Enrollment centers are the institutions that receive funding to coordinate the consent and enrollment for volunteers of a study. Sometimes, you'll have only one center for a study (here's a great site for searching for research studies, by the way). But for a project as big as All of Us is planned to be, multiple centers will be necessary.

Participants don't necessarily have to receive any care at these locations to participate. They are simply the enrollment hubs and coordinate the education and consent of participants. In other words, they're the wheels on the bus that make the project go all 'round the town.

From the start, it has been a stated and central goal of All of Us to enable discoveries that will be useful for all Americans. In the past, biomedical research in the U.S. has more often enrolled (and therefore given advantage to) Caucasian and male populations. There ought to be a way, in a project of one million people, for every group - minority and majority - to be represented. Anyone who has criticism for All of Us for trying to do this, well, I am just going to call you Scrooge. Someone needs to try, and they are doing it. Their choice of institutions for enrollment centers is first evidence All of Us is keeping their promise to make sure traditionally under-represented populations will not be under-represented in this project.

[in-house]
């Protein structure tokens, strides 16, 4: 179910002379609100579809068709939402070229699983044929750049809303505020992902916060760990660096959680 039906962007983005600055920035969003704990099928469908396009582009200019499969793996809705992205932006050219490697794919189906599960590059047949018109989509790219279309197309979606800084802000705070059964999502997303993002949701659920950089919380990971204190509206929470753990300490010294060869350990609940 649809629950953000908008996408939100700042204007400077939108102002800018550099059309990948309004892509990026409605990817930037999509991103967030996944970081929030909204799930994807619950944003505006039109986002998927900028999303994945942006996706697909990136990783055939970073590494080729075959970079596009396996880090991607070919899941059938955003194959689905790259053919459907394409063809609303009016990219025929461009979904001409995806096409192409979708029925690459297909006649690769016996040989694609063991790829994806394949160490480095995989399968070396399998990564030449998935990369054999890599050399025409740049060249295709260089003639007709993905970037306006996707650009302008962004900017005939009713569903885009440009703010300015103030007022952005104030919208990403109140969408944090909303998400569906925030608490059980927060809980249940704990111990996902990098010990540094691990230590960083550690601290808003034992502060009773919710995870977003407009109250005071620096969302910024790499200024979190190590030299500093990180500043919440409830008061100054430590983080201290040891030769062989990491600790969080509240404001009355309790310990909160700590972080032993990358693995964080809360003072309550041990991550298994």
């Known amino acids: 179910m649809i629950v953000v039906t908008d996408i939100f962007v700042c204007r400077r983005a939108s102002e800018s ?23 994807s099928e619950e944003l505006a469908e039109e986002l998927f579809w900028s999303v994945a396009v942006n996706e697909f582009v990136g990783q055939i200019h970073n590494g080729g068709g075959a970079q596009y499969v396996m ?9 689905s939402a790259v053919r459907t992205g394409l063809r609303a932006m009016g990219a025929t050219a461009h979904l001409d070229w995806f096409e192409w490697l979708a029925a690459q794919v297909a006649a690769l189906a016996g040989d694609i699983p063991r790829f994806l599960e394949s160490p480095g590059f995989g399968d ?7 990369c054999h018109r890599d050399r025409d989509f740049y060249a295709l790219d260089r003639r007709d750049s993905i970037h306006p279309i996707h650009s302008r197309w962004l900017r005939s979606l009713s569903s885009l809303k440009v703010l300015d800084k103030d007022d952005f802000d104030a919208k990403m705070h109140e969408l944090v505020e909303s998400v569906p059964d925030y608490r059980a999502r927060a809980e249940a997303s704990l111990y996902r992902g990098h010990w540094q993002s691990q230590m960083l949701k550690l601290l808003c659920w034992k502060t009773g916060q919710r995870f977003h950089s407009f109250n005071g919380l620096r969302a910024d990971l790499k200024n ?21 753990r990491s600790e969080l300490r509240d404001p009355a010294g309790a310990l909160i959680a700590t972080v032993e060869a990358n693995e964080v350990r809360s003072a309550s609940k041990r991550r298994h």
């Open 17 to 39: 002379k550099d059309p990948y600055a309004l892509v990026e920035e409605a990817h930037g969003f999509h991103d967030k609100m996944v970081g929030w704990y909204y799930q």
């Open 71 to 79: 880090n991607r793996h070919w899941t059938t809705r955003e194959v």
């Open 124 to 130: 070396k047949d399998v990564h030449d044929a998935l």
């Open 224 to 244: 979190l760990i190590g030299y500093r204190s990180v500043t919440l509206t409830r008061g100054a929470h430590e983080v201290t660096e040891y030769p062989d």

I want to see this project succeed and hope it does. Everyone deserves to benefit.

If you're an early participant in All of Us (or know of someone who is), please reach out to me. I'd love to interview you for a post on my blog and ask what it was like to join, and why you did.   


"All of Us" is starting

I wrote about the "All of Us" study once before (here) and plan to continue with the updates.

In only one year since the announcement of its launch, the project has gone from an idea to having already registered Participant #1! Excellent work, those at the NIH and all of the partner centers. I know that was no easy task!

The project is in its "beta" phase, meaning the basic infrastructure is in place and a few people have been let in the door to see how the system is working. Tweaks will continue forever for any big project, but this is Major Tweaking Phase.

Interested in following this project? Learn more details here at the project's website and check back on the Watershed DNA blog.




The NIH "All of Us" Project

A few weeks ago, I had the amazing opportunity to participate on a panel at a workshop for the "All of Us" project. This NIH project (formerly referred to as the Precision Medicine Initiative) is in its early planning stages and aims to engage a million Americans from diverse ethnic backgrounds in large-scale genomics research.

The workshop was live-streamed and recordings are available for public viewing here: The panel I participated on focused on "non-clinical" DNA results (the DNA findings that aren't directly health related, like ancestry). My presentation shows up around 4:34:59. AncestryDNA's CEO Ken Chahine spoke immediately before me and had some astounding information about the projected growth of their DNA database. There may be 5 million testers in their database by the end of 2017!   

The group of researchers moving the "All of Us" project forward are hard-working experts in their given fields, all with a common goal of making genomic discoveries available to and applicable to all. I can't wait to watch this project develop and hope I get the chance to participate once recruitment begins.